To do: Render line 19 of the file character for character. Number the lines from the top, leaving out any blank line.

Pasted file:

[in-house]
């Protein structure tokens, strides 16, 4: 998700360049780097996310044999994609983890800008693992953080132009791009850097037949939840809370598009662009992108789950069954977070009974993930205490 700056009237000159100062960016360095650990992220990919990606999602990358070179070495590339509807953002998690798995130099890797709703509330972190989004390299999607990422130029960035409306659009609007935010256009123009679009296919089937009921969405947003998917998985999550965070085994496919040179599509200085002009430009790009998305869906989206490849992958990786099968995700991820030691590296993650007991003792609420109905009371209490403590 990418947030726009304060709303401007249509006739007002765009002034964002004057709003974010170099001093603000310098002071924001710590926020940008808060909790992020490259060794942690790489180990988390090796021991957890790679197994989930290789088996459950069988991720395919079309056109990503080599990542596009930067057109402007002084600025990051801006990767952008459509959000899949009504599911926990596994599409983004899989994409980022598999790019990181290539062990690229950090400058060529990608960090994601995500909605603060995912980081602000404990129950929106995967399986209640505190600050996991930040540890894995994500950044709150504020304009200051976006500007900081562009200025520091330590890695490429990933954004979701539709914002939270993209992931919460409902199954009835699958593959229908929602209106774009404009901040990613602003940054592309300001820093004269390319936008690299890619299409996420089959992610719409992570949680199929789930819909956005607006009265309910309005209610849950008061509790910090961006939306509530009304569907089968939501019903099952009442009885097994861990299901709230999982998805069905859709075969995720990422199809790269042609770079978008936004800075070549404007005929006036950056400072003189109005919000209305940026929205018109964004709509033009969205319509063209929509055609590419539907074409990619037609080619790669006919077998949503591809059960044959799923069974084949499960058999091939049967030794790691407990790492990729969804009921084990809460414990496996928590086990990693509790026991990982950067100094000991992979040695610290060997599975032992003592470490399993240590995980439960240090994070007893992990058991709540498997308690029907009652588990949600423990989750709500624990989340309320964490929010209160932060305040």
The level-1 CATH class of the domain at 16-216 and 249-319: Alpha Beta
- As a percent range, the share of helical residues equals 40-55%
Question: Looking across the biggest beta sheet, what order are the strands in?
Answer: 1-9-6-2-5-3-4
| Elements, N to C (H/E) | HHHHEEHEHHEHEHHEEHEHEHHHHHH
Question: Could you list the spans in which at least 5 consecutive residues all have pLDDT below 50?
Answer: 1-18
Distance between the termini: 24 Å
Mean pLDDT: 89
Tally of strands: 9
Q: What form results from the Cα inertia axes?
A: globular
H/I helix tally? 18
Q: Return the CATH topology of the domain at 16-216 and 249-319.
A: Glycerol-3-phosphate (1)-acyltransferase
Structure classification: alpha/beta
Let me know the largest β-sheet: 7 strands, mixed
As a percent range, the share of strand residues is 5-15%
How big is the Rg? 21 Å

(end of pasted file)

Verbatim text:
Let me know the largest β-sheet: 7 strands, mixed